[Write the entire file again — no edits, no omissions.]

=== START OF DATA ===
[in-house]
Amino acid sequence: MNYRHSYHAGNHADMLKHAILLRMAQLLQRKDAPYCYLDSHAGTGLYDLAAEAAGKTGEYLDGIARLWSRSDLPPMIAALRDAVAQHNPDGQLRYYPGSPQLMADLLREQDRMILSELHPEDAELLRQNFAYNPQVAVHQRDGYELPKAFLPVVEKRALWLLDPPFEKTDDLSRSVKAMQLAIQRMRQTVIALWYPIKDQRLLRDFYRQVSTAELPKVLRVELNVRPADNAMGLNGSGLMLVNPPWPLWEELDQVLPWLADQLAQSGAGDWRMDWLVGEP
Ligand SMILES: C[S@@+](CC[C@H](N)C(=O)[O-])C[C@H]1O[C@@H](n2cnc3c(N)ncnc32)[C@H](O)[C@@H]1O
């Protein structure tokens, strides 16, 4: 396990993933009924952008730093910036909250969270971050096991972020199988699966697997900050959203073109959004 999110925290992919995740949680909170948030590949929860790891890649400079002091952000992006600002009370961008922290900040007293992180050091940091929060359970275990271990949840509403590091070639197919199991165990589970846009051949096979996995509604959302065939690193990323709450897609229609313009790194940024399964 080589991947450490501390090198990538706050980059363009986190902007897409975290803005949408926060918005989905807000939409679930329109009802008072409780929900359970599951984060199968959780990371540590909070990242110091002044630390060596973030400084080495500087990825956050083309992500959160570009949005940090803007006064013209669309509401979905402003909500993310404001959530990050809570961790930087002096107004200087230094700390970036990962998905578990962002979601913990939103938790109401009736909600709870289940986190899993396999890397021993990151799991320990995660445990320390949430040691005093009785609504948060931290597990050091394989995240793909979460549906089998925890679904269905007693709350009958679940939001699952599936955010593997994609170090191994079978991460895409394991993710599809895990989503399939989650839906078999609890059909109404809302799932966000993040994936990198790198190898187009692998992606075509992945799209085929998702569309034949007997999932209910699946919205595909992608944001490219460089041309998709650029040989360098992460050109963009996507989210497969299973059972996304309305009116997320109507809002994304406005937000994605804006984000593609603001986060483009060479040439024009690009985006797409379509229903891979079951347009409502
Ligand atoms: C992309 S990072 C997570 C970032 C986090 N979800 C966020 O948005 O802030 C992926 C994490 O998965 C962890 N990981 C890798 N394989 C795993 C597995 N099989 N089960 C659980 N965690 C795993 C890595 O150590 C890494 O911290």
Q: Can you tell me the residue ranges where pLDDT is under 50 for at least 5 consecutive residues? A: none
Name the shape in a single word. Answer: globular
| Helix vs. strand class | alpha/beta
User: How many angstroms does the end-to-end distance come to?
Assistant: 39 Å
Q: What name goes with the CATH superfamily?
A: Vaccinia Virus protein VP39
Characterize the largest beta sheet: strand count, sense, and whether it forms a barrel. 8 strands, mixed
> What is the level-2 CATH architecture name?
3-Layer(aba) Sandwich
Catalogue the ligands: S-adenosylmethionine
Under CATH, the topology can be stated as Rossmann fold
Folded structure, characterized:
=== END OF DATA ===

[in-house]
Amino acid sequence: MNYRHSYHAGNHADMLKHAILLRMAQLLQRKDAPYCYLDSHAGTGLYDLAAEAAGKTGEYLDGIARLWSRSDLPPMIAALRDAVAQHNPDGQLRYYPGSPQLMADLLREQDRMILSELHPEDAELLRQNFAYNPQVAVHQRDGYELPKAFLPVVEKRALWLLDPPFEKTDDLSRSVKAMQLAIQRMRQTVIALWYPIKDQRLLRDFYRQVSTAELPKVLRVELNVRPADNAMGLNGSGLMLVNPPWPLWEELDQVLPWLADQLAQSGAGDWRMDWLVGEP
Ligand SMILES: C[S@@+](CC[C@H](N)C(=O)[O-])C[C@H]1O[C@@H](n2cnc3c(N)ncnc32)[C@H](O)[C@@H]1O
């Protein structure tokens, strides 16, 4: 396990993933009924952008730093910036909250969270971050096991972020199988699966697997900050959203073109959004 999110925290992919995740949680909170948030590949929860790891890649400079002091952000992006600002009370961008922290900040007293992180050091940091929060359970275990271990949840509403590091070639197919199991165990589970846009051949096979996995509604959302065939690193990323709450897609229609313009790194940024399964 080589991947450490501390090198990538706050980059363009986190902007897409975290803005949408926060918005989905807000939409679930329109009802008072409780929900359970599951984060199968959780990371540590909070990242110091002044630390060596973030400084080495500087990825956050083309992500959160570009949005940090803007006064013209669309509401979905402003909500993310404001959530990050809570961790930087002096107004200087230094700390970036990962998905578990962002979601913990939103938790109401009736909600709870289940986190899993396999890397021993990151799991320990995660445990320390949430040691005093009785609504948060931290597990050091394989995240793909979460549906089998925890679904269905007693709350009958679940939001699952599936955010593997994609170090191994079978991460895409394991993710599809895990989503399939989650839906078999609890059909109404809302799932966000993040994936990198790198190898187009692998992606075509992945799209085929998702569309034949007997999932209910699946919205595909992608944001490219460089041309998709650029040989360098992460050109963009996507989210497969299973059972996304309305009116997320109507809002994304406005937000994605804006984000593609603001986060483009060479040439024009690009985006797409379509229903891979079951347009409502
Ligand atoms: C992309 S990072 C997570 C970032 C986090 N979800 C966020 O948005 O802030 C992926 C994490 O998965 C962890 N990981 C890798 N394989 C795993 C597995 N099989 N089960 C659980 N965690 C795993 C890595 O150590 C890494 O911290």
Q: Can you tell me the residue ranges where pLDDT is under 50 for at least 5 consecutive residues? A: none
Name the shape in a single word. Answer: globular
| Helix vs. strand class | alpha/beta
User: How many angstroms does the end-to-end distance come to?
Assistant: 39 Å
Q: What name goes with the CATH superfamily?
A: Vaccinia Virus protein VP39
Characterize the largest beta sheet: strand count, sense, and whether it forms a barrel. 8 strands, mixed
> What is the level-2 CATH architecture name?
3-Layer(aba) Sandwich
Catalogue the ligands: S-adenosylmethionine
Under CATH, the topology can be stated as Rossmann fold
Folded structure, characterized: